Last year, H&M upped its supply chain transparency © Dinendra Haria/SOPA Images/LightRocket/Getty Images
Last year, H&M upped its supply chain transparency © Dinendra Haria/SOPA Images/LightRocket/Getty Images

H&M tops transparency index

posted by Charlie Hart
21 April 2020

H&M is leading the way on supply chain transparency but fashion brands are largely failing to disclose purchasing practices, as demonstrated by the coronavirus pandemic. 

In the Fashion Revolution Transparency Index 2020, H&M ranked top for the first time with a score of 73% in a list of 250 global fashion brands. 

Of a possible 250 points total, brands were given percentage scores based on the information they publicly disclose on supply chain policies. The criteria used to judge firms' performance ranged from the disclosure of human rights and environmental policies, commitments to traceability and how responsibility is governed throughout the business.

In 2020’s Index, retailer C&A came in second with a score of 70%, followed by Adidas and Reebok, the leaders of 2019’s Index, at 69%.

The average score by brands was 23%, up two percentage points from 2019. 

More than half of the brands reviewed scored 20% or less, showing there is still a long way to go towards transparency. 

Among the lowest ranking brands were Bally, Max Mara, Pepe Jeans and Tom Ford, all with a score of 0%. 

Last year, H&M launched a ‘transparency layer’ initiative on its website, providing details such as country of production, supplier names, factory names and addresses, and the number of factory workers for clothing and homeware. 

This year’s Index also highlighted the impact of brands' purchasing practices in light of the ongoing coronavirus pandemic, as some companies have been revealed to have cancelled orders or have invoked force majeure clauses.

Sarah Ditty, policy director at Fashion Revolution and author of the report said brands currently reveal “shockingly little” about their purchasing practices.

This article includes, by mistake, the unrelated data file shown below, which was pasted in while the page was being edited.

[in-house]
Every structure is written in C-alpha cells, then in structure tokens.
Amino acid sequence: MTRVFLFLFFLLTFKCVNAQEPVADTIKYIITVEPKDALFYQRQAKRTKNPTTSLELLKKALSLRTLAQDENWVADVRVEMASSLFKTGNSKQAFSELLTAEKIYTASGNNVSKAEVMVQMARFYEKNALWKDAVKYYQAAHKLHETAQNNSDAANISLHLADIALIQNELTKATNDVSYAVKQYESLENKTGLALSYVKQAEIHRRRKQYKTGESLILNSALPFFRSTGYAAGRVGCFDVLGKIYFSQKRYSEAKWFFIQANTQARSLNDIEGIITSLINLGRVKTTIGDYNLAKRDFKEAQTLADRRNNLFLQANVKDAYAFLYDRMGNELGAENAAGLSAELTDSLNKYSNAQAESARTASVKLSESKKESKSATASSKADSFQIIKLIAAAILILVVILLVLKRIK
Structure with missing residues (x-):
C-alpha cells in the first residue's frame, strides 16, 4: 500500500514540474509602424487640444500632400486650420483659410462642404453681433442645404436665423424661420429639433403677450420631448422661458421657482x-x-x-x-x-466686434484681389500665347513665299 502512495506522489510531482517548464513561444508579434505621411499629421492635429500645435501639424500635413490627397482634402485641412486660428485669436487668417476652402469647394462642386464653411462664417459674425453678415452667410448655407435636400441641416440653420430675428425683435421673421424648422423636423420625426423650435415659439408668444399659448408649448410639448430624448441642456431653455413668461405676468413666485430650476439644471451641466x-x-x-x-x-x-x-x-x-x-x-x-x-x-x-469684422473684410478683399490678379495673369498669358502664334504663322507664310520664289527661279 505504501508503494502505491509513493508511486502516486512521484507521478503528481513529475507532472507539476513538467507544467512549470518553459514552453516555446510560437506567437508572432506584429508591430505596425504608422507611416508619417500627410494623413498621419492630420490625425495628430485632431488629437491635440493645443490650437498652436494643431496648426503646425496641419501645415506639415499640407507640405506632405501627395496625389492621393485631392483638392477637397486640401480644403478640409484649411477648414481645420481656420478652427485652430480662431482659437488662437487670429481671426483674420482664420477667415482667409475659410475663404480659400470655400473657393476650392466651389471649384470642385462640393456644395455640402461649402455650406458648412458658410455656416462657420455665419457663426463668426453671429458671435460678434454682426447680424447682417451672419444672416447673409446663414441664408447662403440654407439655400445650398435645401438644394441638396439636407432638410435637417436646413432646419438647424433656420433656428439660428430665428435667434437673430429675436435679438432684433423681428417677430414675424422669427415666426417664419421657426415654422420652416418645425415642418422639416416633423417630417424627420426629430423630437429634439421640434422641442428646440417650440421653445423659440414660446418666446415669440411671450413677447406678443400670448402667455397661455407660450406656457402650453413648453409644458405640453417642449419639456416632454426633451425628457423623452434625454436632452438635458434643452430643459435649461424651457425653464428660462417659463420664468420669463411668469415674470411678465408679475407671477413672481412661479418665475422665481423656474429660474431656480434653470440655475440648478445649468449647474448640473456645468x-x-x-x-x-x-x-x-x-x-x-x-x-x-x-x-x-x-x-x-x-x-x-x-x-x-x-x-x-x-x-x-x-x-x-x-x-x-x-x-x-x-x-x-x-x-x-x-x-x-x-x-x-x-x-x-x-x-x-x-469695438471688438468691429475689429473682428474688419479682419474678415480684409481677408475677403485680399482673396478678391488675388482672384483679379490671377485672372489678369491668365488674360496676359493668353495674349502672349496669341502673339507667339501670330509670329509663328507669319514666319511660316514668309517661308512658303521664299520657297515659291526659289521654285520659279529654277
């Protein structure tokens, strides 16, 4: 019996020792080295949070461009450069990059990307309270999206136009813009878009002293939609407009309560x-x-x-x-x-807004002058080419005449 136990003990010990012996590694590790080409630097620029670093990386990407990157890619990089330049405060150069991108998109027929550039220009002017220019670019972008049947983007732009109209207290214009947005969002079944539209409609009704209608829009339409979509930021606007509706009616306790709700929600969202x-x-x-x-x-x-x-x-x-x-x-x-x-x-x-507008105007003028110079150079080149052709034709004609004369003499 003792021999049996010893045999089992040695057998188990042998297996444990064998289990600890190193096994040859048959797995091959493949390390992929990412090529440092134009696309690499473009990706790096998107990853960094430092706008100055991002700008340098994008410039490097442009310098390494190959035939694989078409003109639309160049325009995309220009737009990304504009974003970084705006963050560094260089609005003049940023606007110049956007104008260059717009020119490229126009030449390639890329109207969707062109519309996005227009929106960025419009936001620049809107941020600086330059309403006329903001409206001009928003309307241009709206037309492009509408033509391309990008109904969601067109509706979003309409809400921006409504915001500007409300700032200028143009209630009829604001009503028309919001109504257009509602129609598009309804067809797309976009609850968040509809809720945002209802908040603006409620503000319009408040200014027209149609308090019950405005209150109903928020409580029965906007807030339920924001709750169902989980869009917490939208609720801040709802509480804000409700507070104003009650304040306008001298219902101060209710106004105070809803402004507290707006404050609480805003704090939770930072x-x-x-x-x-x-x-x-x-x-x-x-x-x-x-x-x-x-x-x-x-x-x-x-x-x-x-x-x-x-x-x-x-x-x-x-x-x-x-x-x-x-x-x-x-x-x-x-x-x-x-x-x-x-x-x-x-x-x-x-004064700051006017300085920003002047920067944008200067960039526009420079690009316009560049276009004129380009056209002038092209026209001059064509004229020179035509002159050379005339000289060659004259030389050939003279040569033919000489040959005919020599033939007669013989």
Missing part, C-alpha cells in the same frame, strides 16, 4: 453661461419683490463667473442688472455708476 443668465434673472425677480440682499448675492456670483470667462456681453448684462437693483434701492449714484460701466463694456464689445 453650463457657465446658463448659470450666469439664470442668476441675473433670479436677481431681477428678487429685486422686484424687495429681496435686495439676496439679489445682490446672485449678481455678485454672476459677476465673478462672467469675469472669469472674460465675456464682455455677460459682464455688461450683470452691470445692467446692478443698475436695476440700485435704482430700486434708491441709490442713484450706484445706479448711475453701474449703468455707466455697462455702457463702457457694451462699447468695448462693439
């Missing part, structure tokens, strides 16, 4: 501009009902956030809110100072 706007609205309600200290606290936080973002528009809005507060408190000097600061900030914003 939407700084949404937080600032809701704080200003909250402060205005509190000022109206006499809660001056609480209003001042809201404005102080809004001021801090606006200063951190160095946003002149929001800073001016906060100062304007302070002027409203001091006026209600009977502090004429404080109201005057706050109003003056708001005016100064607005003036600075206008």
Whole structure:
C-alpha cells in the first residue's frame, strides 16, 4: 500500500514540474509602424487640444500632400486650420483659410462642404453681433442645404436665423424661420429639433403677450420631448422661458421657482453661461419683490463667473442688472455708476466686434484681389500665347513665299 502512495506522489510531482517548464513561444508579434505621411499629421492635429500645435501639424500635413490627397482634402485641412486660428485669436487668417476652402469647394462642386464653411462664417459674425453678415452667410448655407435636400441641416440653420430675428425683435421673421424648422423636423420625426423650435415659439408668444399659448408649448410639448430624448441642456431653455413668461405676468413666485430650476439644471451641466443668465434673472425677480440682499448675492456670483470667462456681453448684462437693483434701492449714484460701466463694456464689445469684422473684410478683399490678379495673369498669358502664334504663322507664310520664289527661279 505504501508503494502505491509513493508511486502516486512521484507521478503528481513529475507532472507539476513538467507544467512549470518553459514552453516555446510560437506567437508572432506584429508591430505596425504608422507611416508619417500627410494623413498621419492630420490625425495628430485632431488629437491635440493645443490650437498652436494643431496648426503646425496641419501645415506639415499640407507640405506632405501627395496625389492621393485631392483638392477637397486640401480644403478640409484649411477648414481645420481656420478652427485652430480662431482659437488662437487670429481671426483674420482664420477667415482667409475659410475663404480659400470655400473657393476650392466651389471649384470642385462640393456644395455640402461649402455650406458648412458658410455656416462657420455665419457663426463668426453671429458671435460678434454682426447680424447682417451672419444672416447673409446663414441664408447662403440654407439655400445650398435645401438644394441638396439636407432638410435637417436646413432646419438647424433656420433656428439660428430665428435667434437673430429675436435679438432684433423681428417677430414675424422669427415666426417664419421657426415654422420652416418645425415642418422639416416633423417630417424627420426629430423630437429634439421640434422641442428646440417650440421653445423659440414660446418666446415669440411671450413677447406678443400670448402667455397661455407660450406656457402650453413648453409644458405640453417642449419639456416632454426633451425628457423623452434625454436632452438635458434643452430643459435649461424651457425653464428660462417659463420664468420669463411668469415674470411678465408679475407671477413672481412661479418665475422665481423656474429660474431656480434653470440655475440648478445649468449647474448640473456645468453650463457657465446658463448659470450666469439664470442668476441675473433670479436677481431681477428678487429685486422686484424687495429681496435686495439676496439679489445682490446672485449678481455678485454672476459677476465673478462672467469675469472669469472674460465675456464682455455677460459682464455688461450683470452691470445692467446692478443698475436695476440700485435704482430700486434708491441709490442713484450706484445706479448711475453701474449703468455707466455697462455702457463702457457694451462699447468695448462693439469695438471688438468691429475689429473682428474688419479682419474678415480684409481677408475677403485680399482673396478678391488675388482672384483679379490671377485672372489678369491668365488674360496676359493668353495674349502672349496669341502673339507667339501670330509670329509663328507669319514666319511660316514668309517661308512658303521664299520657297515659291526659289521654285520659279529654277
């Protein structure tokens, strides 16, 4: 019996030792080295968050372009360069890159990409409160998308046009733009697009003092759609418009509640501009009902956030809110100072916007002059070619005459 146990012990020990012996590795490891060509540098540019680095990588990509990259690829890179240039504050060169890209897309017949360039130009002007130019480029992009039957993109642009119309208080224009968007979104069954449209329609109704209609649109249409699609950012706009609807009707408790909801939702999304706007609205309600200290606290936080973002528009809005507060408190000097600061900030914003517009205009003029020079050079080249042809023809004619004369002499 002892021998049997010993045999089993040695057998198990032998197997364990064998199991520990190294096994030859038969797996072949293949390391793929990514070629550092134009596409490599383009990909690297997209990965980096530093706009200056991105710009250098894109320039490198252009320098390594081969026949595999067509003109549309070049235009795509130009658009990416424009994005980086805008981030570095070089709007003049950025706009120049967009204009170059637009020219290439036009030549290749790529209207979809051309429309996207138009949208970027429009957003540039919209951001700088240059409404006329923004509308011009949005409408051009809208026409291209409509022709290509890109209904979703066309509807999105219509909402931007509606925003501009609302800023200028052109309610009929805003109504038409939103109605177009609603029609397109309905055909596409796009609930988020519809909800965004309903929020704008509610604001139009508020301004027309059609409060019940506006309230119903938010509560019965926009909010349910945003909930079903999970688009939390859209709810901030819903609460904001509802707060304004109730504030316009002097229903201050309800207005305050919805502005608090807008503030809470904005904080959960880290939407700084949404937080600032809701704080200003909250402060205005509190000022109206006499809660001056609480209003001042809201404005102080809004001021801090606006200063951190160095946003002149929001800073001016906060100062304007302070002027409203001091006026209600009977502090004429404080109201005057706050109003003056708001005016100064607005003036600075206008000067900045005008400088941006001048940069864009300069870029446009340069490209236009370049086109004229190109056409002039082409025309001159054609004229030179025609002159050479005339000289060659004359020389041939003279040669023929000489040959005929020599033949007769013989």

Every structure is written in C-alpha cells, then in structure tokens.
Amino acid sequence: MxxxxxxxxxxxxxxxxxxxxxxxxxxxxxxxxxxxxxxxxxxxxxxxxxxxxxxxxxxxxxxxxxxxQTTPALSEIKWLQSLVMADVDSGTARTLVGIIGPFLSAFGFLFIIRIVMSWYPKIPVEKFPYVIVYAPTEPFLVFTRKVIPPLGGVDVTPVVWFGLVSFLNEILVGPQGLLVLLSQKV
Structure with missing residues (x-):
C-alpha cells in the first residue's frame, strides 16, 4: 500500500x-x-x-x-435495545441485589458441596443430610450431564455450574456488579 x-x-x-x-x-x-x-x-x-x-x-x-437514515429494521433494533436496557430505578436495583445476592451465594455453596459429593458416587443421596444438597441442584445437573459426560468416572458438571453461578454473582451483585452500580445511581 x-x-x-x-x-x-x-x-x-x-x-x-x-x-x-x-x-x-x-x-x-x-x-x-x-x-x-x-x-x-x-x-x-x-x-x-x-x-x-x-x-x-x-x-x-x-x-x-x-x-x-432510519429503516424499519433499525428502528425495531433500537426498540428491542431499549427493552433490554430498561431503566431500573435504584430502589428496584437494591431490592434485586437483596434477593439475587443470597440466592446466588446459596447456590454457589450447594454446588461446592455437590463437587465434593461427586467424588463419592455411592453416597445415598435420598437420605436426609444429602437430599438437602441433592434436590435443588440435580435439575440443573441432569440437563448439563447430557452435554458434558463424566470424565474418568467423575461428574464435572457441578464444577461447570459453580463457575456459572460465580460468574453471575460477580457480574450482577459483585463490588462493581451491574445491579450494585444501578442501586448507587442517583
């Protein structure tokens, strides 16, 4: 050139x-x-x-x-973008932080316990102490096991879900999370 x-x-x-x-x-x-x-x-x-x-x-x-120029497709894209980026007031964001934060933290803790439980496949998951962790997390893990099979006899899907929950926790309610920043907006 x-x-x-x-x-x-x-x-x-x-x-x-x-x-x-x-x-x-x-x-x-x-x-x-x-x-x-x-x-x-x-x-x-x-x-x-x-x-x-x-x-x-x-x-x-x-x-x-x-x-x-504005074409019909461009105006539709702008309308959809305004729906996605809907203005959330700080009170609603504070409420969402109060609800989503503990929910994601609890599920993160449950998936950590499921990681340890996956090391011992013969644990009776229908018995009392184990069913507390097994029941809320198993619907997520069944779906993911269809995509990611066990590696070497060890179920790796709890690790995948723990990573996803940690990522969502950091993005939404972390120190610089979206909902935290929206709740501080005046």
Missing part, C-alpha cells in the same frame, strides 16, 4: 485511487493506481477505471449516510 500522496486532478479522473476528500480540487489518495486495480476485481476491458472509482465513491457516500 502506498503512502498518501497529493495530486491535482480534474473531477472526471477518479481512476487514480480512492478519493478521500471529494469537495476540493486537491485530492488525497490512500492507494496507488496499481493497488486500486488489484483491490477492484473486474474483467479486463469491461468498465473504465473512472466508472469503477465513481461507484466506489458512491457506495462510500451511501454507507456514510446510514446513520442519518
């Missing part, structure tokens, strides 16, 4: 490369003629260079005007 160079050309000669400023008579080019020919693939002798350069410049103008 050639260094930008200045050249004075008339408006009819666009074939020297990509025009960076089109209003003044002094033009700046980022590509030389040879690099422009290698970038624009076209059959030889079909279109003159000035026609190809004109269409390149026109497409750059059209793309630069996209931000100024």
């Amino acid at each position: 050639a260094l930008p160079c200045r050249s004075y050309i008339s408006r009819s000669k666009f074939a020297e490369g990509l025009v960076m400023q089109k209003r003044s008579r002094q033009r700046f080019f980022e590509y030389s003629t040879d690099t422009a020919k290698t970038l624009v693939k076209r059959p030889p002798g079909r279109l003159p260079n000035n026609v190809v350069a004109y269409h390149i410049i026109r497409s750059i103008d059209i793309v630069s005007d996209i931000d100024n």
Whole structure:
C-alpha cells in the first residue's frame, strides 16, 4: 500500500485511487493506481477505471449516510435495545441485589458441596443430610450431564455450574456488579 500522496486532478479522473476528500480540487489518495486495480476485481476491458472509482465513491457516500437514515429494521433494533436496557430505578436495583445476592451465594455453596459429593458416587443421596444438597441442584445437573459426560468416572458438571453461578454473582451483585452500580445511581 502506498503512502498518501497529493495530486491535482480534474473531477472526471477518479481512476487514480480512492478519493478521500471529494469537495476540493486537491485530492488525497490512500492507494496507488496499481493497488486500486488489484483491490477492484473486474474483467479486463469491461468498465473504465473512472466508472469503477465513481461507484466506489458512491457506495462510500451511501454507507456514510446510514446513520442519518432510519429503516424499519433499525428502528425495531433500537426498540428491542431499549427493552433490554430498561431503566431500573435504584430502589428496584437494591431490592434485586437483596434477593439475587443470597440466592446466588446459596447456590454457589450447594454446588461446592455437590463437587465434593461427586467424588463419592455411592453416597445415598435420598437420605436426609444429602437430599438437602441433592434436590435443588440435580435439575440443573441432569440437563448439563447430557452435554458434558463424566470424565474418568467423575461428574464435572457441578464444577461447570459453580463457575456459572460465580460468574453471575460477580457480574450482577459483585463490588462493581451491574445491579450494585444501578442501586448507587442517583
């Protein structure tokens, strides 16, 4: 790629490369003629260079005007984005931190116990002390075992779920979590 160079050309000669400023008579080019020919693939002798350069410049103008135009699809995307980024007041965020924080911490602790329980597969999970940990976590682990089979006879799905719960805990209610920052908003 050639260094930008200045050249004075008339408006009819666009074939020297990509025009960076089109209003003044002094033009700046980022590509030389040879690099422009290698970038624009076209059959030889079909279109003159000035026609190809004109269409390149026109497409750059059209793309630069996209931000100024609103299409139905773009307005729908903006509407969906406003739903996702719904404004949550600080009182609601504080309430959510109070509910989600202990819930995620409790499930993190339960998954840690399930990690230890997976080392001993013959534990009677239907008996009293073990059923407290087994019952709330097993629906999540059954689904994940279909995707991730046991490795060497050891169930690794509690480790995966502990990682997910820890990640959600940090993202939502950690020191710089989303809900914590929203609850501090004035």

“Responsible purchasing practices go hand in hand with the ability of suppliers to pay workers’ wages, especially to pay living wages,” she said. 

The Index revealed only 6% of brands disclose a policy to pay suppliers within a maximum of 60 days and 2% published the percentage of orders with on-time payment to suppliers, according to agreed terms. 

Only 15% of brands have published a responsible exit strategy detailing the progressive steps taken if they stop working with a supplier, rather than taking a cut-and-run approach. 

“This pandemic shows exactly why transparency in the fashion industry is so vital. It’s why we’re calling on brands and retailers to disclose much more information about their purchasing practices … so they can be held accountable for their buying behaviour, especially in a moment like this,” Ditty continued. 

“It’s our view that the responsible companies, ones that are prioritising the wellbeing and livelihoods, not just of their staff but their suppliers and their supply chain workers, over protecting shareholder profit alone will be the ones that will win when this crisis is over.”

Fashion Revolution transparency index top performers: 

1. H&M (73%)

2. C&A (70%)

3. Adidas and Reebok (69%)

4. Esprit (64%)

5. Patagonia and Marks & Spencer (60%)

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